There has been talk on the interwebs lately about how to grab a municipal Fire Department spot. A lot of the advice focuses on getting higher training in the largest aspect of the modern Fire Service, EMS.

The advice is not to become an accomplished caregiver, or to strive to learn what new techniques and treatments may be coming down the line, but to simply “get your Paramedic.”

I have advice to anyone thinking about going to Paramedic school in order to get on with the Fire Department. I’ve said it before.

They want you to work as a Paramedic after you get hired.

Simply getting your license will not move you to the top of the firefighter list, but to the bottom of the Paramedic list. I know some departments offer extra points for your EMT-P, some even make it a requirement. But please believe me when I tell you, they want Paramedics, not just folks who can check that box on the form.

I pursued my Paramedic license when I became frustrated I couldn’t do everything for my patients. That pursuit taught me more about myself than the workings of the EMS systems I would join in the future.

It was my license that got me off the list of 10,000 people and onto the list of 2,000. Better odds surely, but I still had to prove myself a competent Paramedic.

And when I started, the closest I got the the fire engines was parking next to them in my ambulance, where I worked as a Paramedic/Firefighter, not a Firefighter/Paramedic.

If you want to earn and use your Paramedic license in the Fire Service, then by all means, go for it. Write me, I’ll help you study. But if you’re looking to check a box on a form to get a job you desire without fulfilling the requirements of that job, do my family a favor and stay home. I’d rather have a dedicated EMT than a card carrying disinterested Paramedic.

Apply for the job you want and then DO IT. Don’t waste your time and mine on a class when someone who actually wants to participate in patient care could use your seat.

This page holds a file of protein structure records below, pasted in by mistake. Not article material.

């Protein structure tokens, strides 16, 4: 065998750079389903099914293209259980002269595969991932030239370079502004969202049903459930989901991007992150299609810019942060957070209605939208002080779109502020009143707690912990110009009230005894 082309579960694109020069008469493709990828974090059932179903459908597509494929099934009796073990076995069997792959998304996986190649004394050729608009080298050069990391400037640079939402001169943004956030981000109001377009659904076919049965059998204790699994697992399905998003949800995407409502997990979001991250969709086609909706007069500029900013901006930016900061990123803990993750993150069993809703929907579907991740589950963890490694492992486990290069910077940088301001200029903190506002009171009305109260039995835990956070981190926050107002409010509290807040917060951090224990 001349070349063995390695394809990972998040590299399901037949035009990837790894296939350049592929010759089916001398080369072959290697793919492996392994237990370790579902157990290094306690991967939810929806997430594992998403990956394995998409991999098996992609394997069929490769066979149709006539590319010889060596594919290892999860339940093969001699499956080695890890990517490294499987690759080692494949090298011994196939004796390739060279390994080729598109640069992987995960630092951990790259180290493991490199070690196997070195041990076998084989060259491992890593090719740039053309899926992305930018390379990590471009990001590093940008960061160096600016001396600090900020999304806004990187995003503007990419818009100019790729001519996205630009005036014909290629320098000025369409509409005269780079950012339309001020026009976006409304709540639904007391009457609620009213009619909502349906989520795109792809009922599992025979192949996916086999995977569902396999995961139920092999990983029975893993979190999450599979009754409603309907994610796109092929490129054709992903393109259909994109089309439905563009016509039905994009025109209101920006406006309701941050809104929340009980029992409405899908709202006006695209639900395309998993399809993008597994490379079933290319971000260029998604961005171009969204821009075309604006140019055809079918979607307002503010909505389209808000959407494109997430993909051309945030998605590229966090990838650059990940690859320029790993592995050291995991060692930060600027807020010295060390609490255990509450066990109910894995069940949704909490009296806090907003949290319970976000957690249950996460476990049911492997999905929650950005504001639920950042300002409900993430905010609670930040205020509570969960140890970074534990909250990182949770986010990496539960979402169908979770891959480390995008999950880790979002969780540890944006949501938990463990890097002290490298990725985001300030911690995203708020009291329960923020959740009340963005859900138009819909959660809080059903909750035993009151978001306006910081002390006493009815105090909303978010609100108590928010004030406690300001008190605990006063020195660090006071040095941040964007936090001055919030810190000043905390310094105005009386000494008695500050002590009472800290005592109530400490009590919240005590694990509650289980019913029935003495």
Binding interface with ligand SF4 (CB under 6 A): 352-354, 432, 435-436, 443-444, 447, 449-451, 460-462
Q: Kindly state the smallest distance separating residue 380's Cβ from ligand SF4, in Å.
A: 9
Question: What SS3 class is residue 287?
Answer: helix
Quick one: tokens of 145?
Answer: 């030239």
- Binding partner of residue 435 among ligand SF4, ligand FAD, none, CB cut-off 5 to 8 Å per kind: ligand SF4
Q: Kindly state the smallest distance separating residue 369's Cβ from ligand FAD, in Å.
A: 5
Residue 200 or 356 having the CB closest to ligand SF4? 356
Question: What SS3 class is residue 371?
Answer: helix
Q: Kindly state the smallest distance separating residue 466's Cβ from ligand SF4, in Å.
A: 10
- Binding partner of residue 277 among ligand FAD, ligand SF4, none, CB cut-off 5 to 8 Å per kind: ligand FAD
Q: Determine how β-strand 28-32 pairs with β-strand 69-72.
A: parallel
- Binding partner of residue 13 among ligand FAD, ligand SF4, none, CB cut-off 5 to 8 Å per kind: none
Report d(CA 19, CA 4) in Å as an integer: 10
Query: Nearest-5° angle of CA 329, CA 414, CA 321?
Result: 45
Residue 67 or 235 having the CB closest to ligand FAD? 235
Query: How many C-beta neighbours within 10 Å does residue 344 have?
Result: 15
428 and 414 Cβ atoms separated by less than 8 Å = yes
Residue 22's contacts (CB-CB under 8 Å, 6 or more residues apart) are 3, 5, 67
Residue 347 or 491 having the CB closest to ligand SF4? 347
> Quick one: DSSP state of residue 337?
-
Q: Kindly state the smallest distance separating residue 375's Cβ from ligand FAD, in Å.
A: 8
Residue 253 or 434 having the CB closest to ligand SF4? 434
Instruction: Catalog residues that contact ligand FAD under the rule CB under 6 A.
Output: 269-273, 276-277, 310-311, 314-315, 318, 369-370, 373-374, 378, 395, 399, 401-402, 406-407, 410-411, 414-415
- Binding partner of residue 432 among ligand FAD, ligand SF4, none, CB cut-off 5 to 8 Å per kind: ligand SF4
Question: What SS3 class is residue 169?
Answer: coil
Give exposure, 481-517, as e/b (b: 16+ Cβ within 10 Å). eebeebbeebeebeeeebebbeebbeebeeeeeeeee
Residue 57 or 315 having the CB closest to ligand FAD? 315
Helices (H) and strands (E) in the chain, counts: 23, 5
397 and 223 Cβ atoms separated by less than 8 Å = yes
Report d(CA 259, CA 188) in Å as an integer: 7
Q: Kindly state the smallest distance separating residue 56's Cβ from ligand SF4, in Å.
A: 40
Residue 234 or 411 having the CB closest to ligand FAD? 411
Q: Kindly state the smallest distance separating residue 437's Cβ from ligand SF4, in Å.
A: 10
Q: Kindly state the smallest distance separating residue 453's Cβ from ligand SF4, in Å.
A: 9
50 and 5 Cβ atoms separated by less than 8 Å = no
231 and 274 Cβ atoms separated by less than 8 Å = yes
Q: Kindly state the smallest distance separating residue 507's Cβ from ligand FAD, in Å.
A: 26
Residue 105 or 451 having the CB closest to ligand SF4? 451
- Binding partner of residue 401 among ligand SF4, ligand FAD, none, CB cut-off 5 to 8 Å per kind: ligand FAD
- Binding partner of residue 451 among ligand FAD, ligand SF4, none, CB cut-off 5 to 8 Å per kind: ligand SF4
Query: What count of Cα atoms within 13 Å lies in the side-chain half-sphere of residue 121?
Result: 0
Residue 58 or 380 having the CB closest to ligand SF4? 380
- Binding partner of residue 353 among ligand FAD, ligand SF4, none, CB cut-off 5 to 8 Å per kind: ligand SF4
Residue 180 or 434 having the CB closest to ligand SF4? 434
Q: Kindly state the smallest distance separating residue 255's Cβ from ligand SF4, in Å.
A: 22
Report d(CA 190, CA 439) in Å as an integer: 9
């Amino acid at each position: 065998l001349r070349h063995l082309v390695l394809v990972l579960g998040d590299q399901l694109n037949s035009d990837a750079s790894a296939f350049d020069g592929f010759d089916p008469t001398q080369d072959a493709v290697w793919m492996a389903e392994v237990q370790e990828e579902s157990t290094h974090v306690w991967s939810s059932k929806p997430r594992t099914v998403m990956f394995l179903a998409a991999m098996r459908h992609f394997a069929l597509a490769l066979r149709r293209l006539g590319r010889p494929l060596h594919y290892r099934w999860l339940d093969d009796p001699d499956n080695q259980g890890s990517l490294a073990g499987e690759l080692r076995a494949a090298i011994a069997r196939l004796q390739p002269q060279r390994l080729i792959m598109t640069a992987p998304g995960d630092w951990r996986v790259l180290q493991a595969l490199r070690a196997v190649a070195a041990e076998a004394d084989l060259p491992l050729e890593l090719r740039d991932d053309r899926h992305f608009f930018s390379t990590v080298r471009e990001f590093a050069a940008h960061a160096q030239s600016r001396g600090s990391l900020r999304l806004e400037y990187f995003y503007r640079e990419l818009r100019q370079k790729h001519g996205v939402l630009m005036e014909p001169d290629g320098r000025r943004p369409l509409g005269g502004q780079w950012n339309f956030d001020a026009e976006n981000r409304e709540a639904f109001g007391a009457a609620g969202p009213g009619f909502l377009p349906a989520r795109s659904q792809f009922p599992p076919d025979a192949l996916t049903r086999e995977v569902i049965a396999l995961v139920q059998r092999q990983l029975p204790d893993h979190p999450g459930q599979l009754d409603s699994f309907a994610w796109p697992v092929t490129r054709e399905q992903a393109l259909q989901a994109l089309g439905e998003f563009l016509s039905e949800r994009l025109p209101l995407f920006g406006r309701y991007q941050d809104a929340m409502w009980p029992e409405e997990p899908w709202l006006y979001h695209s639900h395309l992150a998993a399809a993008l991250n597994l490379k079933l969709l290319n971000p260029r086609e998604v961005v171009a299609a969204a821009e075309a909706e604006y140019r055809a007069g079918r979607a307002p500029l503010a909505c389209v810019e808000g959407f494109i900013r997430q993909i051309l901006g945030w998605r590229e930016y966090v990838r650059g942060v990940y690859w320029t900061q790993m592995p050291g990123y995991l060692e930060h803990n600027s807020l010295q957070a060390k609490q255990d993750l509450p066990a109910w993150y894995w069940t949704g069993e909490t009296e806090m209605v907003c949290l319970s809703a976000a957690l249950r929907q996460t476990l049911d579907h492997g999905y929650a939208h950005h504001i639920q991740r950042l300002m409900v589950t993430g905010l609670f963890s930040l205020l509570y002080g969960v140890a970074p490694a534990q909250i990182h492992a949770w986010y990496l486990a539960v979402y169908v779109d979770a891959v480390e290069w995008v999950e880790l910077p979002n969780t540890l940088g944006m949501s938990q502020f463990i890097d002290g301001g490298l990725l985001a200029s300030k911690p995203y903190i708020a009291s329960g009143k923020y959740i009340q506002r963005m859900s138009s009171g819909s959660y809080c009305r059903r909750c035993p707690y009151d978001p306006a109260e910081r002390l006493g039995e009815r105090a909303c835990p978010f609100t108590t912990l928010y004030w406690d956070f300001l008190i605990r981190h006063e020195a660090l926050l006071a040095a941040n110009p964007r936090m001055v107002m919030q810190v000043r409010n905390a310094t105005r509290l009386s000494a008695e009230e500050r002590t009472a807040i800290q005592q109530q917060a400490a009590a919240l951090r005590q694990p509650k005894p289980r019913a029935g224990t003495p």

If you really want to get a job in this tough economy, go back to school. Local trade schools offer EMS and fire training these days. Take the intro class and see what it’s all about.

Drop the attitude. Wherever you are testing needs to be considered your very first fire job, if it isn’t already. All your experience, ideas and concepts need to be put on the back burner. Learn the way they do things. Their ladders, their supply lines, their chain of command.

Test, test and test again.

I wrote the above passage over a year ago and never published it.  I have a great many posts I wrote when emotional and set aside to wait until, well, who knows.

A reader reached out about motivation to get through Paramedic School on the way to getting on with the fire department.  Since you now know where I stand on this, both from this post and another from awhile back, I need a favor for this reader.

I’ll call him Bob.  I suggested Bob look outside the overpopulated systems of California for a place that will hire firefighters who are not Paramedics.  While a quick internet search can find specifics on salary and duties, I was hoping you could give a brief feeling of the department near you that is hiring.

If your department or one near you is hiring or about to hire, please leave info about it in the comments section.  I’ve asked Bob to look there for advice on where to look for a job with the FD without having to get his Paramedic, something it seems is not on his priority list to begin with.

And before you decide to spout off against Bob for his decision, keep in mind he is doing the right thing before it is too late.

So in the end I tip my helmet to you “Bob” for reaching out for an opinion from a stranger and listening to it.  It isn’t easy to hear something you don’t want to hear, but even harder to come to terms with where you are compared to where you want to be.

Thanks, guys.

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